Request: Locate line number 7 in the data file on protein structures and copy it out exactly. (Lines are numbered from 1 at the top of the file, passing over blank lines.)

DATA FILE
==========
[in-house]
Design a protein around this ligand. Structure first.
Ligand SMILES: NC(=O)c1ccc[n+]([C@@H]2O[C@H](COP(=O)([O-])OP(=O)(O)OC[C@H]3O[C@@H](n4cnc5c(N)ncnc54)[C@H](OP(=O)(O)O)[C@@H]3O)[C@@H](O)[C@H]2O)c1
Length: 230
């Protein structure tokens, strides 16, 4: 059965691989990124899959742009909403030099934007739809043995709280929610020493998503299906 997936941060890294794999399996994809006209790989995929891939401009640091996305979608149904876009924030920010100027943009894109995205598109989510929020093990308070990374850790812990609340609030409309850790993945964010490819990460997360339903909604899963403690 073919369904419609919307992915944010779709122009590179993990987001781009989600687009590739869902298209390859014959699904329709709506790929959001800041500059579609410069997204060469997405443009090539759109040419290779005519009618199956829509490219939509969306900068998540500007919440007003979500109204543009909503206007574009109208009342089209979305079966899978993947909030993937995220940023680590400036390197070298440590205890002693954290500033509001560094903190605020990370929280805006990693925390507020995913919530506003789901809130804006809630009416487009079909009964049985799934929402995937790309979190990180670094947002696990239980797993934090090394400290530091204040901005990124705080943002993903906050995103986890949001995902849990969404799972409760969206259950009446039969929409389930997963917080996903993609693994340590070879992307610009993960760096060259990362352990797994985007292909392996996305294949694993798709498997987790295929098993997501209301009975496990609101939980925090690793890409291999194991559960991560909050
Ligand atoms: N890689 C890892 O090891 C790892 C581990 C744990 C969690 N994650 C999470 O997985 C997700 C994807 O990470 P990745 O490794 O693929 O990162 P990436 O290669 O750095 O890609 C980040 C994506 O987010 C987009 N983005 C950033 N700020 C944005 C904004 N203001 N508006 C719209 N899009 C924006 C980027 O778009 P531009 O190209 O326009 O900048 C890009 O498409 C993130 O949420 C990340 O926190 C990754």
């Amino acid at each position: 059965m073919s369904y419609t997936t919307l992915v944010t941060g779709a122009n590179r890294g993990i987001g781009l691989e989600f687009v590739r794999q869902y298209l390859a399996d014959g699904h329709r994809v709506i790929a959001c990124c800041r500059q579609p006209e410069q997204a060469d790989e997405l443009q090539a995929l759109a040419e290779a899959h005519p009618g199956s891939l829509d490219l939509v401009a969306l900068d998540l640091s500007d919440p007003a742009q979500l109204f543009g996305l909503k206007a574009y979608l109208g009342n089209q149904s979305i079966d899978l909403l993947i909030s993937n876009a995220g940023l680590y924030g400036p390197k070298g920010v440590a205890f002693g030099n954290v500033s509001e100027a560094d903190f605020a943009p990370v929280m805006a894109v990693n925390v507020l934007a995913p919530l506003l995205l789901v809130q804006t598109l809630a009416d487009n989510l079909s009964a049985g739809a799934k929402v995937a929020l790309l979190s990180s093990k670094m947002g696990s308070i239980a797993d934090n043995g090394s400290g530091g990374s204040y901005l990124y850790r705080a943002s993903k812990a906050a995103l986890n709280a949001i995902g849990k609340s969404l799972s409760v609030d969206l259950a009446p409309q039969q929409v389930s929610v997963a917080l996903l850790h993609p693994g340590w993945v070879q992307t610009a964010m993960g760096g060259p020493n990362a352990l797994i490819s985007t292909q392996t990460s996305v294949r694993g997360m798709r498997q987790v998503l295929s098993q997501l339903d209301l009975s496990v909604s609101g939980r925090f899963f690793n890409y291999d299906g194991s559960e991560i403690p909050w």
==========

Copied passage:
């Amino acid at each position: 059965m073919s369904y419609t997936t919307l992915v944010t941060g779709a122009n590179r890294g993990i987001g781009l691989e989600f687009v590739r794999q869902y298209l390859a399996d014959g699904h329709r994809v709506i790929a959001c990124c800041r500059q579609p006209e410069q997204a060469d790989e997405l443009q090539a995929l759109a040419e290779a899959h005519p009618g199956s891939l829509d490219l939509v401009a969306l900068d998540l640091s500007d919440p007003a742009q979500l109204f543009g996305l909503k206007a574009y979608l109208g009342n089209q149904s979305i079966d899978l909403l993947i909030s993937n876009a995220g940023l680590y924030g400036p390197k070298g920010v440590a205890f002693g030099n954290v500033s509001e100027a560094d903190f605020a943009p990370v929280m805006a894109v990693n925390v507020l934007a995913p919530l506003l995205l789901v809130q804006t598109l809630a009416d487009n989510l079909s009964a049985g739809a799934k929402v995937a929020l790309l979190s990180s093990k670094m947002g696990s308070i239980a797993d934090n043995g090394s400290g530091g990374s204040y901005l990124y850790r705080a943002s993903k812990a906050a995103l986890n709280a949001i995902g849990k609340s969404l799972s409760v609030d969206l259950a009446p409309q039969q929409v389930s929610v997963a917080l996903l850790h993609p693994g340590w993945v070879q992307t610009a964010m993960g760096g060259p020493n990362a352990l797994i490819s985007t292909q392996t990460s996305v294949r694993g997360m798709r498997q987790v998503l295929s098993q997501l339903d209301l009975s496990v909604s609101g939980r925090f899963f690793n890409y291999d299906g194991s559960e991560i403690p909050w």